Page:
# Low energy description of Symmetry Enriched Topological phases

## Prelude: low energy description of Symmetry Protected Topological (SPT) phases

It is known [1] that the low energy effective description of SPT phases, protected by a group $$G$$ is an invertible field theory (iQFT). Namely, if $$A$$ is a $$G$$-background gauge field, the iQFT partition function $$Z[A]$$ has an inverse, $$\overline{Z[A]}$$, such that $$Z[A]\; \overline{Z[A]} = 1.$$

For the case of bosonic SPT phases the iQFT is ungauged Dijkgraaf-Witten theories, and this is essentially what allowed Wen et al. to classify bosonic SPT phases through group cohomology [2]. The more general version initiated the cobordism classification (proved finally in [3]).

## Motivation for low energy description of Symmetry Enriched Topological (SET) phases

In a recent paper [4] the classification of both SPT phases and SET phases was given, using a categorical approach. From this viewpoint, restricting an SET phase to an SPT is very natural and the new classification of SPTs coincides with the group cohomology for 1 and 2 dimensions and goes beyond group cohomology for higher dimensions. It might be possible to arrive to a classification of SET phases by their low energy QFT-like description, mimicking the older SPT classifications and see whether it coincides with the categorical description of [4], or whether it is compatible with restricting to SPTs afterwards etc. Or at least if such a classification is out of reach, it should be interesting to see where it fails and thus why is the categorical approach necessary.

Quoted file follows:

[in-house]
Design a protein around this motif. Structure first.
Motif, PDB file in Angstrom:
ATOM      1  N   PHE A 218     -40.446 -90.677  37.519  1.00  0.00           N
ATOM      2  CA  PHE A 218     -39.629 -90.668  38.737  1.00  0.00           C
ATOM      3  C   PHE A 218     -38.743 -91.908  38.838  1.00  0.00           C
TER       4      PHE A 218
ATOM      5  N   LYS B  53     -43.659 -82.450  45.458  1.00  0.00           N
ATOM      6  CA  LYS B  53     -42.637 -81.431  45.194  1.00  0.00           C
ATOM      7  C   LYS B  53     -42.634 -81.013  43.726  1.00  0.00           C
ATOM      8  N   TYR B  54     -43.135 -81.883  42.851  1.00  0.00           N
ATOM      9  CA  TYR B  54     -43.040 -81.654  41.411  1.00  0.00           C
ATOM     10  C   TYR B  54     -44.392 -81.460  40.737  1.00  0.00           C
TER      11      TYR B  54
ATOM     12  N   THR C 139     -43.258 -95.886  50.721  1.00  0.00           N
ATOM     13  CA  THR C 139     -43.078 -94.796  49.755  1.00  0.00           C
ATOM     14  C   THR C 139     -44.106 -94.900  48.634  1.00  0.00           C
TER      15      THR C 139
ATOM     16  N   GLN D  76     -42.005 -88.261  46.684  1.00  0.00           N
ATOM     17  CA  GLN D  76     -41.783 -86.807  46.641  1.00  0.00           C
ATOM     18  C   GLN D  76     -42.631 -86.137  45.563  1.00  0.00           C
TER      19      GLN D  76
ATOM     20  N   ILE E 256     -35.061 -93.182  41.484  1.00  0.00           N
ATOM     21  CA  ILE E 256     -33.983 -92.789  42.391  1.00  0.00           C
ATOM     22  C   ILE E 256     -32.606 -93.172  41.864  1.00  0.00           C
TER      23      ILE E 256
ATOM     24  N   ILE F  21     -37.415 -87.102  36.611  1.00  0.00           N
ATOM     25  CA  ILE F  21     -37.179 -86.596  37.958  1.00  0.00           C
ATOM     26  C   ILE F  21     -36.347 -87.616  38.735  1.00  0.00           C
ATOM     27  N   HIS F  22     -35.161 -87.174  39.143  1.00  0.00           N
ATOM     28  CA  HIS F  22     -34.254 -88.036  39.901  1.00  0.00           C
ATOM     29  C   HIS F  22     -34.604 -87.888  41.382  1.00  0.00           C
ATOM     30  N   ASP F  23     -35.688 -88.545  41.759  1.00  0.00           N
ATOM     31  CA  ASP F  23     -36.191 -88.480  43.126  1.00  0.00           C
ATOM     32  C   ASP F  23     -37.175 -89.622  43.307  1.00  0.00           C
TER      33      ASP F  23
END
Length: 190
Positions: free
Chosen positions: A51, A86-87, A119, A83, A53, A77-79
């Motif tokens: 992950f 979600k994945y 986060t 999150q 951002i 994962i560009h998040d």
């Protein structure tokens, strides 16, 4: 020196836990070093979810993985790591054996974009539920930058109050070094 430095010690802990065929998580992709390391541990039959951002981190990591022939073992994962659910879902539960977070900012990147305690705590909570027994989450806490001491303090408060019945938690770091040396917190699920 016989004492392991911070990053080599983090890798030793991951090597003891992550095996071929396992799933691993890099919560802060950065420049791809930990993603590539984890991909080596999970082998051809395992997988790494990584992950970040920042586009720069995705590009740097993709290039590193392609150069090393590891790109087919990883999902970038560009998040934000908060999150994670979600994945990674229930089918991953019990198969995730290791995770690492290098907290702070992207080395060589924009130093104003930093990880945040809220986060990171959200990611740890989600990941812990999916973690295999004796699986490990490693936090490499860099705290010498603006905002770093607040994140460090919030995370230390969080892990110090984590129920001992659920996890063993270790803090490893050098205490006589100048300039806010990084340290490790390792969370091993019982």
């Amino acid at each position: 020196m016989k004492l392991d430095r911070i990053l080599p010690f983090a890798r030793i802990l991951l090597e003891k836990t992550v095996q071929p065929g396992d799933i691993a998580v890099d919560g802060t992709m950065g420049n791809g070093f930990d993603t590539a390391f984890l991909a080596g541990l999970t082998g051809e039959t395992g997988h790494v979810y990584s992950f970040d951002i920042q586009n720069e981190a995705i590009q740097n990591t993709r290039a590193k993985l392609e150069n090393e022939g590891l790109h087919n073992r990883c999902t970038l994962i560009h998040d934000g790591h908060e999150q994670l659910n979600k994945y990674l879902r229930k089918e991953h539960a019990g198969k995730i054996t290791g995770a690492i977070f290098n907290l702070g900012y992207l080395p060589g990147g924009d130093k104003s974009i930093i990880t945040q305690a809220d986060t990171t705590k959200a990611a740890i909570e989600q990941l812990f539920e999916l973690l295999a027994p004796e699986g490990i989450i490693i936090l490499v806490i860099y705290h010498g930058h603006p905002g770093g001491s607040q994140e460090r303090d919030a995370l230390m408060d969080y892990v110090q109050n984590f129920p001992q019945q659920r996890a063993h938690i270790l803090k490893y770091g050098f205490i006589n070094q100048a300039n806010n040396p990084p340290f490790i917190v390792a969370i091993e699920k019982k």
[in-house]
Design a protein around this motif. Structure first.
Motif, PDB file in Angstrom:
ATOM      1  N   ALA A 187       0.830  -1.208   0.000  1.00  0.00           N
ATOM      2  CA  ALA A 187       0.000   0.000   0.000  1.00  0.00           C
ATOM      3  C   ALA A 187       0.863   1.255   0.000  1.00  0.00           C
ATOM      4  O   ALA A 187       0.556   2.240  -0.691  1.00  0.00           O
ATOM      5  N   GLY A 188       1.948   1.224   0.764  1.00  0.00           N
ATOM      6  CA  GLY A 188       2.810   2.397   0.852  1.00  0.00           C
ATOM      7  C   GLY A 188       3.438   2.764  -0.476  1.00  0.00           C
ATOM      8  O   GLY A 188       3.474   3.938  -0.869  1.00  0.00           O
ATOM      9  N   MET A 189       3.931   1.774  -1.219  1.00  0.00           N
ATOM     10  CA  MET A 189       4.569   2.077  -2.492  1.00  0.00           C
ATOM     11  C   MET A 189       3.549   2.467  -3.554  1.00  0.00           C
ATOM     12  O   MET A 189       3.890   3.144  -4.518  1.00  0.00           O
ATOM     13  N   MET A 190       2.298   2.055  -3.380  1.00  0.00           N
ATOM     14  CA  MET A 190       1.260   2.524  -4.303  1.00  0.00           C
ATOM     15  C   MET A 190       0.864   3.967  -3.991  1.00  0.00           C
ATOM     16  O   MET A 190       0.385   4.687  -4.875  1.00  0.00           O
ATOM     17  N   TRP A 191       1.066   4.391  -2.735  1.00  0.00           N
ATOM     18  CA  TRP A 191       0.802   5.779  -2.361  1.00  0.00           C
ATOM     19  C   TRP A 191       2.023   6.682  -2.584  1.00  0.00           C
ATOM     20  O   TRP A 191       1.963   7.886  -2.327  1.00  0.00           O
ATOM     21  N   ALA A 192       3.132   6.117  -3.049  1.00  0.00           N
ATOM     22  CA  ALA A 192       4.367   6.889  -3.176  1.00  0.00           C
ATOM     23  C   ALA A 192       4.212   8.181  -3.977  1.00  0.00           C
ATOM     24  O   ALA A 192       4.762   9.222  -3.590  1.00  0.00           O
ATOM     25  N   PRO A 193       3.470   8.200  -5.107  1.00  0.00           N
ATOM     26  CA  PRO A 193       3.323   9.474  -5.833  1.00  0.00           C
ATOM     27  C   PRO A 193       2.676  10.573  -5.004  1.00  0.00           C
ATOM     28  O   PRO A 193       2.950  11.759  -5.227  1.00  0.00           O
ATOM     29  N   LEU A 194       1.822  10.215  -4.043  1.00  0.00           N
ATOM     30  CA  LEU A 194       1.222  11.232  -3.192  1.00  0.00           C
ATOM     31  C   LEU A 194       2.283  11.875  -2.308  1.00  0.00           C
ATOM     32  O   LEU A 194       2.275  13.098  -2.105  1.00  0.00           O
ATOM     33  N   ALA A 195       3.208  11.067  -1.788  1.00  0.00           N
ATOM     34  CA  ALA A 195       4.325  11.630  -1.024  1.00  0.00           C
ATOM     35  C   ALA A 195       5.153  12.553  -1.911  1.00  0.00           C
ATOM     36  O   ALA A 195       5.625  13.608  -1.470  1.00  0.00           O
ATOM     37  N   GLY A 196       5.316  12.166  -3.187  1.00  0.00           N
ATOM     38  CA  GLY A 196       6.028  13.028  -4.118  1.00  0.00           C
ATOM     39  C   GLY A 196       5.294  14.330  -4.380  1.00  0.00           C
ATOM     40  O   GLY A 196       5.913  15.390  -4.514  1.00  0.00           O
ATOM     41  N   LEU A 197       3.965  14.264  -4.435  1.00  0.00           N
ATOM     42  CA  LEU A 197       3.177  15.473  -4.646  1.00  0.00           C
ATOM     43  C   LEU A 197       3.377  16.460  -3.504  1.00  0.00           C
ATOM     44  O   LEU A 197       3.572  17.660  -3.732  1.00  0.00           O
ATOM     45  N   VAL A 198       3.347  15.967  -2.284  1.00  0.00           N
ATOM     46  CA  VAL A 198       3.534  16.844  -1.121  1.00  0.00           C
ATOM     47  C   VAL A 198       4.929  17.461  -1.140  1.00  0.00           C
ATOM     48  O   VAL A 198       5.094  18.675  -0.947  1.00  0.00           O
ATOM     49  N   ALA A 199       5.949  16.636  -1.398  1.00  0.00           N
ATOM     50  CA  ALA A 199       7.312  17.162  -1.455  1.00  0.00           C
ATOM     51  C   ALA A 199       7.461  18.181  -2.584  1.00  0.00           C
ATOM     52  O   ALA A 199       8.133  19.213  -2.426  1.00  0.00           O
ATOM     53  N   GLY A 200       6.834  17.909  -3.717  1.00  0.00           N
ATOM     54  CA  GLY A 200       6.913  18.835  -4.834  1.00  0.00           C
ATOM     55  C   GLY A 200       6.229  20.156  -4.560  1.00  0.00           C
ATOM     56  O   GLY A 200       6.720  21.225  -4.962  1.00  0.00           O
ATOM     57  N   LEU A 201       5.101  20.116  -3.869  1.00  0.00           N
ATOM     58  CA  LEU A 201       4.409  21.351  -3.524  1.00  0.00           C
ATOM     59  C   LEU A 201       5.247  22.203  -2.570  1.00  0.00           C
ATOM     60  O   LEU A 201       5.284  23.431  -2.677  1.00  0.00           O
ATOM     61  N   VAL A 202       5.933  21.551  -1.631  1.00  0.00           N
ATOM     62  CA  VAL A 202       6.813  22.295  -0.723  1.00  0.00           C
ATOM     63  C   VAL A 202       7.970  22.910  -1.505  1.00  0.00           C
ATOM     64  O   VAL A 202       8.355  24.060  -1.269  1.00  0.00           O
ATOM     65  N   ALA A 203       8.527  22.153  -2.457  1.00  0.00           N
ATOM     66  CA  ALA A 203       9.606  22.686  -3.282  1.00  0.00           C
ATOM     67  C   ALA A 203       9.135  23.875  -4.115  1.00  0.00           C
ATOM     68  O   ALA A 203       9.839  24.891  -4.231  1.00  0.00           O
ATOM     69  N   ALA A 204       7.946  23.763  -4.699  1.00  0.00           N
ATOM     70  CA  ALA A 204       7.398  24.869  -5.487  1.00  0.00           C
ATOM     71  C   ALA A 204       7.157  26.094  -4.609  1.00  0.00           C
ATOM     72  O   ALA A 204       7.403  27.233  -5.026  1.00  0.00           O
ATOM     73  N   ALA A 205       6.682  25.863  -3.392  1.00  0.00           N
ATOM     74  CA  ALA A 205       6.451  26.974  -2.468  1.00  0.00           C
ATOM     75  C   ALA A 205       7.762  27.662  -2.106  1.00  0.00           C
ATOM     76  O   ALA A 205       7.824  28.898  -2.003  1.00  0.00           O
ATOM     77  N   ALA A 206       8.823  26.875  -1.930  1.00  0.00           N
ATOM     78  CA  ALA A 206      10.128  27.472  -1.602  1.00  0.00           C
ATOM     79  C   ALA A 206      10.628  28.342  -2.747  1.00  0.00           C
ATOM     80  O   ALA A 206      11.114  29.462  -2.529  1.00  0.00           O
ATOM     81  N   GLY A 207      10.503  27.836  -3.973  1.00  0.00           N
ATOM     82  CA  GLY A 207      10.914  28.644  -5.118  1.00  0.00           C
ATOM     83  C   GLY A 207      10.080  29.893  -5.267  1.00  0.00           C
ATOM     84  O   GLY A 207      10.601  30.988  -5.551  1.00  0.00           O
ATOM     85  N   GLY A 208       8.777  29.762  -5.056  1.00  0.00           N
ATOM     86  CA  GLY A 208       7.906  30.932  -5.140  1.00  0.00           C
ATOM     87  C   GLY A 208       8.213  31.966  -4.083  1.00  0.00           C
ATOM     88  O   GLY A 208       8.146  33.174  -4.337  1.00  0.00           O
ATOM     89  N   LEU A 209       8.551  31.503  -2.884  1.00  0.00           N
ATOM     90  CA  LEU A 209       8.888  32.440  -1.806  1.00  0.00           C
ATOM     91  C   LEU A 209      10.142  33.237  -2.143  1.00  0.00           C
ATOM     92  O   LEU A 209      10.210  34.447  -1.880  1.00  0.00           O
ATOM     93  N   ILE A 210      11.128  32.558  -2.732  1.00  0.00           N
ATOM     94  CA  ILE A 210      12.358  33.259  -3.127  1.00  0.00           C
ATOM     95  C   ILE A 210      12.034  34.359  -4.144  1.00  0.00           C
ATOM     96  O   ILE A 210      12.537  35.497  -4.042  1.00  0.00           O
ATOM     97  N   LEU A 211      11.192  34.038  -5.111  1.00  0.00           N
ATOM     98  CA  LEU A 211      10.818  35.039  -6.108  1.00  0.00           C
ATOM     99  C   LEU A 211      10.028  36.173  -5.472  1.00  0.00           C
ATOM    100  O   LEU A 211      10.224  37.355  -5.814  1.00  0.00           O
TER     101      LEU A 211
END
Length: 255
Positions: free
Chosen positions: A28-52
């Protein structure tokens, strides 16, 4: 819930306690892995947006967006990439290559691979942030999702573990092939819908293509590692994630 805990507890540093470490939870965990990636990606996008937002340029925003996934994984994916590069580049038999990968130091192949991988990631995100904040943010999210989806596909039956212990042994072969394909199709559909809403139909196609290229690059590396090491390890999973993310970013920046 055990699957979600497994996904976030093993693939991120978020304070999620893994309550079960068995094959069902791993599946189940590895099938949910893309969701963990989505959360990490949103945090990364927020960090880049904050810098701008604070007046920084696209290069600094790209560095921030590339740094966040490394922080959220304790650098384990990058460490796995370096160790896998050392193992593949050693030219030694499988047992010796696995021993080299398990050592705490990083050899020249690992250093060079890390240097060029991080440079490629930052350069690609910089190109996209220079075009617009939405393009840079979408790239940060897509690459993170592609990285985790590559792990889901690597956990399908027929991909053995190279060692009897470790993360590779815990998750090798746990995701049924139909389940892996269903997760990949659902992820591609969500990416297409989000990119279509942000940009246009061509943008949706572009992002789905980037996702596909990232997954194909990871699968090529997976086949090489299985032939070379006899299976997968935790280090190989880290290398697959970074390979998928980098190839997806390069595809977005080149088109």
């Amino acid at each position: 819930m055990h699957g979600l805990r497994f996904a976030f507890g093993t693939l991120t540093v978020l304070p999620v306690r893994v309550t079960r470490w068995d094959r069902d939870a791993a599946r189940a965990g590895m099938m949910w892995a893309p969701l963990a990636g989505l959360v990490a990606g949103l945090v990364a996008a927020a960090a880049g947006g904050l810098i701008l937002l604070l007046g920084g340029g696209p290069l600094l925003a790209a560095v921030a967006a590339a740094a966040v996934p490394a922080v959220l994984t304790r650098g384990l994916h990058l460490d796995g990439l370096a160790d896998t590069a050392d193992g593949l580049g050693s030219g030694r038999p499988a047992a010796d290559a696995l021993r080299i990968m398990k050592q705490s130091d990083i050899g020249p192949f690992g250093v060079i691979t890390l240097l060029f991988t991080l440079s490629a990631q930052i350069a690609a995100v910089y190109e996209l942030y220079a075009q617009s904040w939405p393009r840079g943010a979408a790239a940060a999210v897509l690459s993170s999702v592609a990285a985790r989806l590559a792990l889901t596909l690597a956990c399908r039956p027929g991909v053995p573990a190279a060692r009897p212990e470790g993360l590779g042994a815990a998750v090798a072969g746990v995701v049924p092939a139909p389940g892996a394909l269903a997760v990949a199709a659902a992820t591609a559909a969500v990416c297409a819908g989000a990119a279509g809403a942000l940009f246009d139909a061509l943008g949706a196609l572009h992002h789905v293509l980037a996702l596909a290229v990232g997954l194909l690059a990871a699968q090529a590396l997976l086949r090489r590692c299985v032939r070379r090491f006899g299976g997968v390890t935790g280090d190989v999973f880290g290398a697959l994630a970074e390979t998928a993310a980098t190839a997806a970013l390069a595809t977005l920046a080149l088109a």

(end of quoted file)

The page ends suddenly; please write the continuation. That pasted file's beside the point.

A different motivation is the study of anomalies in QFT. Since iQFTs have a one-dimensional Hilbert space, an iQFT on an open manifold will support an anomalous theory on its boundary, and thus conversely anomalous theories are captured by invertible theories — and hence by SPT phases — in one-higher dimension. Is there a similar argument for SET phases?

## My questions

1. What is the low energy QFT-like effective description of SET phases?
2. Is there an anomaly-on-the-boundary (or generalised anomaly, or anything that vaguely resembles anomalies) point of view of this description?

References

[1] D. S. Freed, Short-range entanglement and invertible field theories, arXiv:1406.7278